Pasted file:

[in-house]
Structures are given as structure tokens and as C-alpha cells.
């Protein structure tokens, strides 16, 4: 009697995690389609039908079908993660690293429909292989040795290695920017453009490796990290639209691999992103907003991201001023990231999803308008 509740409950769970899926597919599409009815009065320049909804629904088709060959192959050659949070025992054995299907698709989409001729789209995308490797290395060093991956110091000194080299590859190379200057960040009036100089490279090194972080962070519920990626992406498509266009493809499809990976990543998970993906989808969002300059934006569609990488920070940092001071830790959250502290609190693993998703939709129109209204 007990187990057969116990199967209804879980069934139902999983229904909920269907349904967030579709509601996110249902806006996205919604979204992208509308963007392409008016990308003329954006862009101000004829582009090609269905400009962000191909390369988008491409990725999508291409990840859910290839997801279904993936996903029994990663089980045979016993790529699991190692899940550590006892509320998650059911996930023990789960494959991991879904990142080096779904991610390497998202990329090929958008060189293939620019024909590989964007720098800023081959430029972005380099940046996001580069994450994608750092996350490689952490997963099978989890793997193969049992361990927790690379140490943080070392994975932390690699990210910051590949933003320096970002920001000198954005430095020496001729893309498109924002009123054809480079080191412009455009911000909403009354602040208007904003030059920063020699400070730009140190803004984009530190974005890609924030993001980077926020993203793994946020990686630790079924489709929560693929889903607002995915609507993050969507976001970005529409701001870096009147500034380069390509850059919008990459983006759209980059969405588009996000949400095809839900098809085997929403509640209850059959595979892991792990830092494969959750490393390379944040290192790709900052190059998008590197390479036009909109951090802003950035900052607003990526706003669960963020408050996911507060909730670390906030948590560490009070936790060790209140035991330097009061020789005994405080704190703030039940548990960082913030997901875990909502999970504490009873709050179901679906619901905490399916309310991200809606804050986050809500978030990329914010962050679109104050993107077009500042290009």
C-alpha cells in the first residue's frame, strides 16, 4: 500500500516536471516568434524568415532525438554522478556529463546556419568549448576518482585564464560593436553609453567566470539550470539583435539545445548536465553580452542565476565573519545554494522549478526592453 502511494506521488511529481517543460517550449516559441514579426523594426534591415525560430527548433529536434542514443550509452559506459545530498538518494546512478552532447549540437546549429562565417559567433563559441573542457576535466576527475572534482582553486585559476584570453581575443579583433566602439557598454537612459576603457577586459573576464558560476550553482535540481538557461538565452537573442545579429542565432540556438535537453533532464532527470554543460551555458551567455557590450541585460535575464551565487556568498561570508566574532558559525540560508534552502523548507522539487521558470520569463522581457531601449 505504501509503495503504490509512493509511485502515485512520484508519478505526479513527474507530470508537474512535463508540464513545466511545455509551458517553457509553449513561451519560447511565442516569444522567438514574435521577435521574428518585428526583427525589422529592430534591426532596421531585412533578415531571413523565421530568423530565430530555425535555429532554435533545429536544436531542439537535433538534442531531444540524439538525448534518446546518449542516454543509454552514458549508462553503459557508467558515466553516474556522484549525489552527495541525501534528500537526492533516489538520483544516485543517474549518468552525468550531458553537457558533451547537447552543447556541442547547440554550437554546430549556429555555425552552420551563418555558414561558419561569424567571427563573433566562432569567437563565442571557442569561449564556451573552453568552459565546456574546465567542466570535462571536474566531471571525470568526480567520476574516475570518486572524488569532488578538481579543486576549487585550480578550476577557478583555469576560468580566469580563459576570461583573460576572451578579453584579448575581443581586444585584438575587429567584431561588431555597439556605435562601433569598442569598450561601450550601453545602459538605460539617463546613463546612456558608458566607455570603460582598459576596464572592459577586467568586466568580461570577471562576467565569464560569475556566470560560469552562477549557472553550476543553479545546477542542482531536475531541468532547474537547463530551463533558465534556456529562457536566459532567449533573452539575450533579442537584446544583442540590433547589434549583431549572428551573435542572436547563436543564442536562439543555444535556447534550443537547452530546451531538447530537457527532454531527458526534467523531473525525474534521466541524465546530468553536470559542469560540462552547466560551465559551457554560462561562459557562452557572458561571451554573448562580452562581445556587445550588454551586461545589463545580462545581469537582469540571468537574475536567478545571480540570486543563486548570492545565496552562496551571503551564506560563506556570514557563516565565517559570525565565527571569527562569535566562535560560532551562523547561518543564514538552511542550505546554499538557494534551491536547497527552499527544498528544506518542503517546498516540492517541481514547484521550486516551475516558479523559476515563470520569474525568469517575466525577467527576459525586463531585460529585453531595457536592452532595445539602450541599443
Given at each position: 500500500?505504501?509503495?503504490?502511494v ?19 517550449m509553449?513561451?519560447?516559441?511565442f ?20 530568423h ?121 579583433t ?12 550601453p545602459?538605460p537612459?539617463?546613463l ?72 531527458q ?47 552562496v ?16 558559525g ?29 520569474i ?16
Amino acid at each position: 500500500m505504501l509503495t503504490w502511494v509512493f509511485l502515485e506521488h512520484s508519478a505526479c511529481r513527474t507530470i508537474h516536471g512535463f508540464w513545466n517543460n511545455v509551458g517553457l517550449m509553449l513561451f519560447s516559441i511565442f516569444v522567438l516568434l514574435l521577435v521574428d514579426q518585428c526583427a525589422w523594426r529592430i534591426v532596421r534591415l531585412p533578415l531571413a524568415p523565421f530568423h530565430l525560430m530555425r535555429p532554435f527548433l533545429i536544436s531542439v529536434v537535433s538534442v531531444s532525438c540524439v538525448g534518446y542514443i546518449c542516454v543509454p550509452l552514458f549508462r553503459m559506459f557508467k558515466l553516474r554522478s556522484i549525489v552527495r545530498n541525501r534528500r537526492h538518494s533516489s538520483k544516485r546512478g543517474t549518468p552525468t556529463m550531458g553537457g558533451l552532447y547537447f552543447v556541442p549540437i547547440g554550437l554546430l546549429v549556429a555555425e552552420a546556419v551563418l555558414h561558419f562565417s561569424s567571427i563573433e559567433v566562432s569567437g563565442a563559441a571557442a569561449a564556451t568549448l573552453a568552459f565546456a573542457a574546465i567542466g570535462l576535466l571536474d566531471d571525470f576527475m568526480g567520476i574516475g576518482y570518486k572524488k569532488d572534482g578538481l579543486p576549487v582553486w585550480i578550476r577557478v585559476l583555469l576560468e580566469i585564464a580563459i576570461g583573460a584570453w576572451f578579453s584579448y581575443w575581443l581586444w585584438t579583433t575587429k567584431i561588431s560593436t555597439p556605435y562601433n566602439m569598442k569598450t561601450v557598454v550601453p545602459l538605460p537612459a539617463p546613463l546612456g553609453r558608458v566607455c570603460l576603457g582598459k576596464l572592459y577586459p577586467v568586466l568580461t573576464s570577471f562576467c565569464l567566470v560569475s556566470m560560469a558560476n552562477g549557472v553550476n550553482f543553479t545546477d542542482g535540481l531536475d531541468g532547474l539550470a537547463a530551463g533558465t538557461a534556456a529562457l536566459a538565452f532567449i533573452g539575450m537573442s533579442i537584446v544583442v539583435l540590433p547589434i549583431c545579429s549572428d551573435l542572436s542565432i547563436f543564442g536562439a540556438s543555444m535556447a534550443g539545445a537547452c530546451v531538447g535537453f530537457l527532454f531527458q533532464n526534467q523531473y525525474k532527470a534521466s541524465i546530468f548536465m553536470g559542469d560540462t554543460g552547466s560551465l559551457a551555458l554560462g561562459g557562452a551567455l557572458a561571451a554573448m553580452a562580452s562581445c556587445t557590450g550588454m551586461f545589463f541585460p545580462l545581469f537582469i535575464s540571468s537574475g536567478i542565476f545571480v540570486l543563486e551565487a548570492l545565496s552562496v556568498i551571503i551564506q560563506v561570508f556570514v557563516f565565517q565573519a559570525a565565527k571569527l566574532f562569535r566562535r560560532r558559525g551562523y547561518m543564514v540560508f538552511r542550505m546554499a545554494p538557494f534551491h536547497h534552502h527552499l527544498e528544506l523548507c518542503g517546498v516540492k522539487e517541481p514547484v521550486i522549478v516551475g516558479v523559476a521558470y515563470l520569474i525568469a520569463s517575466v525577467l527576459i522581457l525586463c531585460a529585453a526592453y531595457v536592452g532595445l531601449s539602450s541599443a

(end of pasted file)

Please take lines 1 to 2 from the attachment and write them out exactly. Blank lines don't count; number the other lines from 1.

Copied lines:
[in-house]
Structures are given as structure tokens and as C-alpha cells.